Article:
Dealing With Property Suspected of Being Proceeds of Crime

– section 195 of the Crimes Act 1958

dealing with property suspected of being proceeds of crimeWhen someone possess property that the Police suspect is stolen or obtained as a result of a crime.

Examples of Dealing With Property Suspected of Being Proceeds of Crime
  • The police have a warrant to search a man’s home and find a large amount of cash. The man has been unemployed for some time.
  • A CEO of a company is charged and convicted for tax evasion and luxury vehicles at their home are seized by the Federal Police
  • A drug operation is shut down by the Federal Police and money and weapons are seized
What are some of the possible defences to a Dealing With Property Suspected of Being Proceeds of Crime charge?
  • The property was legitimately purchased / obtained
  • There could not be a reasonable suspicion that the property was proceeds of crime

There are other possible defences, depending on the circumstances surrounding the alleged offending. Each matter is unique and requires an individual approach and strategy.

Questions that are asked in cases like this:
  • How did you get the property?
  • Is there a legitimate / legal reason for you having the property?
Maximum penalty and Court that deals with this charge

The maximum penalty for this offence is level 7 imprisonment (2 years).

Dealing with property suspected of being proceeds of crime is the sort of charge regularly heard in the Magistrates’ Court.

What is the legal definition of Dealing With Property Suspected of Being Proceeds of Crime?

Dealing with property reasonably suspected to be proceeds of crime.

Legislation

This offence can be found in section 195 of the Crimes Act 1958 (Vic).

This charge is normally heard in the Magistrates’ Court, but it can also be heard in the County Court.
 
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Elements of the offence

For an accused to be proven guilty, the following elements must be established in court:

  • The accused dealt with property.
  • The property was suspected of being proceeds of crime.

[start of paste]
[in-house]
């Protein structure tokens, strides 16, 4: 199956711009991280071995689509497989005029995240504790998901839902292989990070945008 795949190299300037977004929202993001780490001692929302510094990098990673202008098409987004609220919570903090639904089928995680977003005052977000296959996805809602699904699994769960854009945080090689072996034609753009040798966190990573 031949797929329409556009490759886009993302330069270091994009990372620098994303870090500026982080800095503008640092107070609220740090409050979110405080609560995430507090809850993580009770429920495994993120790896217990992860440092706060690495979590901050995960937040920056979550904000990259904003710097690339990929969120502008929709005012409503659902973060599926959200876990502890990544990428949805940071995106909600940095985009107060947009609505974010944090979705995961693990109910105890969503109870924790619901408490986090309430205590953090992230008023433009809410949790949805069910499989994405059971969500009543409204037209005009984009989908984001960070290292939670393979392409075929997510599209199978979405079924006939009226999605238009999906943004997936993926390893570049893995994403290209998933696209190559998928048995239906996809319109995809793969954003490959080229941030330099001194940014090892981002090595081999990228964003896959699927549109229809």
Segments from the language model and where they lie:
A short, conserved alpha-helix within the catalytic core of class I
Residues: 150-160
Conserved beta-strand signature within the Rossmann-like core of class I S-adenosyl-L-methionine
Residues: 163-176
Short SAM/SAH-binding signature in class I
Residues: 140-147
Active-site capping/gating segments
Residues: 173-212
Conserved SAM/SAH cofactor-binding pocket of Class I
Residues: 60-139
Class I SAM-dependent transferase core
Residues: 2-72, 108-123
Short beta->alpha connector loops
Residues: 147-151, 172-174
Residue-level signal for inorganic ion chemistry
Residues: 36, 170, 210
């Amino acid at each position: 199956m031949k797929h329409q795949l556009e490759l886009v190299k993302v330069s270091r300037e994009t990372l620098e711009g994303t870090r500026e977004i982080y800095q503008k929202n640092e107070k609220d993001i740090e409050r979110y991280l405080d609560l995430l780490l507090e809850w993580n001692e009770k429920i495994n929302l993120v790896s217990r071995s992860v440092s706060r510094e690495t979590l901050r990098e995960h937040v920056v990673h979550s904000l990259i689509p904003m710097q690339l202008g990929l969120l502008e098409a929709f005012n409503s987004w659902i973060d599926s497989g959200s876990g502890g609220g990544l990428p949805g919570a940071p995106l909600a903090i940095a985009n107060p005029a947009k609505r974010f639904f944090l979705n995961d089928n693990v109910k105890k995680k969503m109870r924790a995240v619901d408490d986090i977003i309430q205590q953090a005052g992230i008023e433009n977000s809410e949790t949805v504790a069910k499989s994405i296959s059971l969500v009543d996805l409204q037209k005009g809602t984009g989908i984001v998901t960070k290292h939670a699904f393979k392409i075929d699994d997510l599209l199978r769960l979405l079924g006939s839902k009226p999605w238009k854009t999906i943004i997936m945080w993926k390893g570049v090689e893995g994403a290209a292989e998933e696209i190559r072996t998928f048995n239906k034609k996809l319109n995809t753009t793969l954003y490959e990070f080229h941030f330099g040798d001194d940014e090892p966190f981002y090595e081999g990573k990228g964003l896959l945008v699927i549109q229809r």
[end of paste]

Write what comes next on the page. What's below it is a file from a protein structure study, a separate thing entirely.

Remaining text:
• The suspicion was on reasonable grounds.

 

“Can the Prosecution prove that you ought to have known that the property was stolen?”

 

Sentencing in the higher courts

From 1 July 2013 to 30 June 2018, there were 435 charges of Dealing With Property Suspected of Being Proceeds of Crime that were heard in the higher courts of Victoria. Majority of these charges resulted in Imprisonment (81.6%) but there were also a few that led to other penalties:

  • Community Correction Order – 10.3%
  • Fine – 6.0%
  • Adjourned Undertaking/Discharge/Dismissal – 0.9%
  • Partially Suspended Sentence – 0.7%
  • Youth Justice Centre Order – 0.5%

Majority of the prison terms imposed were less than a year (78.9%). The longest was somewhere between 1 and 2 years (4.2%).

For Community Correction Orders (CCO), the longest term imposed was more than 5 years but this was least imposed at only 2.2% of the charges that resulted in CCOs. The most frequently imposed CCO term fell between 1 and 2 years (42.2%).1

Please note that suspended sentences were abolished in the higher courts earlier than that of the Magistrates’ Court, and therefore all offences committed on or after 1 September 2013 will not have this available as a sentencing option.2

Sentencing in the Magistrates’ Courts

In the Magistrates’ Courts, a total of 7,435 cases (10,082 charges) of Dealing With Property Suspected of Being Proceeds of Crime were heard from 1 July 2013 to 30 June 2016. These resulted in the following sentences:

  • Imprisonment – 37.3%
  • Community Correction Order (CCO) – 31.5%
  • Fine – 14.3%
  • Wholly Suspended Sentence – 6.6%
  • Adjourned Undertaking/Discharge/Dismissal – 6.5%
  • Partially Suspended Sentence – 2.4%
  • Other – 1.1%
  • Youth Justice Centre Order – 0.5%

prison penalty sentencingOf the cases that led to imprisonment, majority fell under the “3 < 6 months" category (28.2%). The longest term imposed was 36+ months (1.2%). The longest CCO term imposed was 24+ months (8.9% of the charges that led to CCO, non-aggregate). Majority of the CCO terms were somewhere between 12 and 18 months (49.2%, non-aggregate).3

Please note that suspended sentences were abolished in Victoria for all offences committed on or after 1 September 2014.4

Questions a Judge will Ask

A judge presiding over a trial will ask the jury to consider:

  1. Is it reasonable to believe that the property was stolen
  2. Did the accused have the property in his/her possession
  3. Did the accused have a lawful excuse for possessing the property.
Other Important Resources
Case Studies

 



[1] Sentencing Advisory Council. “SACStat Higher Courts – Crimes Act 1958 (Vic): s 195 – dealing with property suspected of being proceeds of crime.” SentencingCouncil.vic.gov.au. https://www.sentencingcouncil.vic.gov.au/sacstat/higher_courts/HC_6231_195.html (accessed September 9, 2019).
[2] Sentencing Advisory Council. “Abolished Sentencing Orders.” SentencingCouncil.vic.gov.au. https://www.sentencingcouncil.vic.gov.au/about-sentencing/abolished-sentencing-orders (accessed September 9, 2019).
[3] Sentencing Advisory Council. “SAC Statistics – Crimes Act 1958 (Vic): s 195 – dealing with property suspected of being proceeds of crime.” SentencingCouncil.vic.gov.au. https://www.sentencingcouncil.vic.gov.au/sacstat/magistrates_court/6231_195.html (accessed September 9, 2019).
[4] Sentencing Advisory Council. “Abolished Sentencing Orders.” SentencingCouncil.vic.gov.au. https://www.sentencingcouncil.vic.gov.au/about-sentencing/abolished-sentencing-orders (accessed September 9, 2019).